Firm Alliance between Rulers and Scholars

When a woman who had been raped was sentenced to imprisonment and strokes of the lash in Saudi Arabia in November, the Saudi leadership found itself confronted with a wave of criticism. But how realistic are demands for reform? The Islam scholar Guido Steinberg examines the Saudi legal system

King Abdullah of Saudi Arabia (photo: dpa)
Saudi Arabia's King Abdullah has pardoned the victim of a gang rape this week, whose sentence sparked international condemnation

​​In mid-November 2007, a court in the Saudi Arabian city of Qatif doubled the punishment imposed on a woman who had illegally been alone in a car with a man who was unrelated to her. Her sentence was raised from ninety to 200 strokes of the lash and she was given an additional six months in prison. Her lawyer had already appealed against the original sentence.

His reason was that in the incident, which took place in 2006, the woman (now twenty) and her companion had been the victims of a multiple rape by seven men who had already been sentenced to terms of imprisonment of between five and seven years.

To a certain extent, the "girl of Qatif", as she is now known throughout Saudi Arabia, was lucky. Several Saudi Arabian legal scholars are of the opinion that she should have been sentenced to death for fornication (zina). The case was attracted public interest throughout the world, and lent force to calls for a reform of the Saudi Arabian justice system.

Priority for religious law

Indeed the case follows the standard legal opinions in Saudi Arabia. Women may not be together with men who are not related to them. And adultery is punished by the death penalty (at least for the woman involved).

Religious law as defined by religious scholars (ulama) has general validity in Saudi Arabia. The scholar-judges in the religious courts, known mostly in the West as Sharia courts, claim general jurisdiction. Although in fact an area where secular law applies has emerged, that makes no difference to the principle that religious law has priority.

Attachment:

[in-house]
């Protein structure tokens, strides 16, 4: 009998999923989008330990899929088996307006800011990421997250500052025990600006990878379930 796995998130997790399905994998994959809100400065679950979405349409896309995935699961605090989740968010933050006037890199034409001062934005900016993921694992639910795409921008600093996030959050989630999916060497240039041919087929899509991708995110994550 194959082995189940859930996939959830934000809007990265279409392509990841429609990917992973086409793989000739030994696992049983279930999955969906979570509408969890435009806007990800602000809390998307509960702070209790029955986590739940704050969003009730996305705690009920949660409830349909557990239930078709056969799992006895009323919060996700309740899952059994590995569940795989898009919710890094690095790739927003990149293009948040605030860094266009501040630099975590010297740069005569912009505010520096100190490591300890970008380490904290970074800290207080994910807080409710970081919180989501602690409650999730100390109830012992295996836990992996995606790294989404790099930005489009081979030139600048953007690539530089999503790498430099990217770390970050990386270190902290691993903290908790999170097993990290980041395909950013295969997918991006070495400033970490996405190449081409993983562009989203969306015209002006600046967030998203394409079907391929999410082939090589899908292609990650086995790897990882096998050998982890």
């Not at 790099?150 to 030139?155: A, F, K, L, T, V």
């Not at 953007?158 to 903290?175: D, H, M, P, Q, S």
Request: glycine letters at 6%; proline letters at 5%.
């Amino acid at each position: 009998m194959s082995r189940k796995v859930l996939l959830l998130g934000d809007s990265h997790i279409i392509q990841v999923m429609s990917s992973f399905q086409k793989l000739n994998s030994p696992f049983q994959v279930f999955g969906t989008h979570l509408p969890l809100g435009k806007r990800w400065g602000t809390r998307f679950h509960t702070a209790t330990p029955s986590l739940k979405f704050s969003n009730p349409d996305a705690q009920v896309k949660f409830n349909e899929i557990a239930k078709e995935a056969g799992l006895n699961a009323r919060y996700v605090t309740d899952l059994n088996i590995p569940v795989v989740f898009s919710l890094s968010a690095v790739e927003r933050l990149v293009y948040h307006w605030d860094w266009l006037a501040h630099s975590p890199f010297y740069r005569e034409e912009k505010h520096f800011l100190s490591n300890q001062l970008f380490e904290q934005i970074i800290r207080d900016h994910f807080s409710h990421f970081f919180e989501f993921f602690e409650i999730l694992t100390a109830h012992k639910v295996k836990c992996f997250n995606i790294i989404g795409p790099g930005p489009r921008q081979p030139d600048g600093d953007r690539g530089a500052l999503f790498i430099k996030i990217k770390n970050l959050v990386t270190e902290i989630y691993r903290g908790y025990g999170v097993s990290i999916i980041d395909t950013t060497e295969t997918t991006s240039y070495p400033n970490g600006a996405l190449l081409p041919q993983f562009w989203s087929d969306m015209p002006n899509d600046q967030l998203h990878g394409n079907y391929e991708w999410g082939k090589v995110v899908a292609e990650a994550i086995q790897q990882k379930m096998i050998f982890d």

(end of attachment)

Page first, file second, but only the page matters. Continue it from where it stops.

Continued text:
This distinguishes the Saudi Arabian legal and justice systems fundamentally from those of other Arab countries, where the constitution usually includes a clause under which Sharia is defined as one or even the source of legal opinion, but where this verbal concession has little influence on a largely secular legal system.

Alliance of rulers and scholars

The strong position of religious scholars in Saudi Arabian justice goes back to the alliance between the ruling family and the scholars. In 1744/5, the religious reformer Muhammad Ibn Abdalwahhab (1703 – 1792) forged an alliance with the then ruler Muhammad Ibn Saud (died 1765), and that alliance was the basis of the Saudi Arabian state.

The Wahhabiya, as the Abdalwahhab's reform movement is usually known, is a radical purist movement which only recognises as Muslim those who follow its rules of behaviour in detail and accept without question its theological views. They believe that the Koran and the Sunna offer a detailed, accurate picture of an idealised early history of the "pious ancestors" (as-salaf as-salih), the first Muslims in Mecca and Medina; and they try unquestioningly to put God's word literally into action.

This includes, according to Wahhabi principles, the five-times-daily prayer in the mosque, the ban on music, tobacco and silk clothing, as well as the exclusion of women as far as possible from public life. It was part of the agreement between the founders of the Saudi Arabian state that the scholars would have control, not only over the narrow religious and religio-political spheres, but also over education and justice, and that they would oversee public morality.

Until well into the twentieth century, the scholars largely succeeded in defending their privileges against attempts by the Saudi state to extend the areas under its control.

Under these conditions, the traditional Saudi Arabian justice system was largely decentralised. A judge educated in religious law would decide all the cases brought in a particular place. In practical terms the judge was under the control of the leading Wahhabi scholars in Riyadh.

Non-religious legal institutions

Only in the course of the increasing centralisation and modernisation of the state in the twentieth century was a strong justice system with a clear hierarchy created. Bench courts, appeal structures and majority verdicts were introduced. Scholars were tied into an increasingly bureaucratic justice system, which was controlled centrally by their leading representatives in Riyadh.

This strong centralisation reflected the interests of the Saudi rulers whose influence on the Saudi Arabian justice system has traditionally been strong.

In addition, in the course of the twentieth century, the Saudi ruling family established a parallel secular justice sector, which for the first time was not controlled by the scholars. If the Saudi state wanted to guarantee the functioning of trade in the province of Hijaz, which includes the cities of Mecca, Medina and especially Jeddah and which it conquered in 1925, it had to take over the accepted procedures. Already in 1926, a council of trade was founded in Jeddah – a tribunal with legal authority which had existed in the Ottoman period.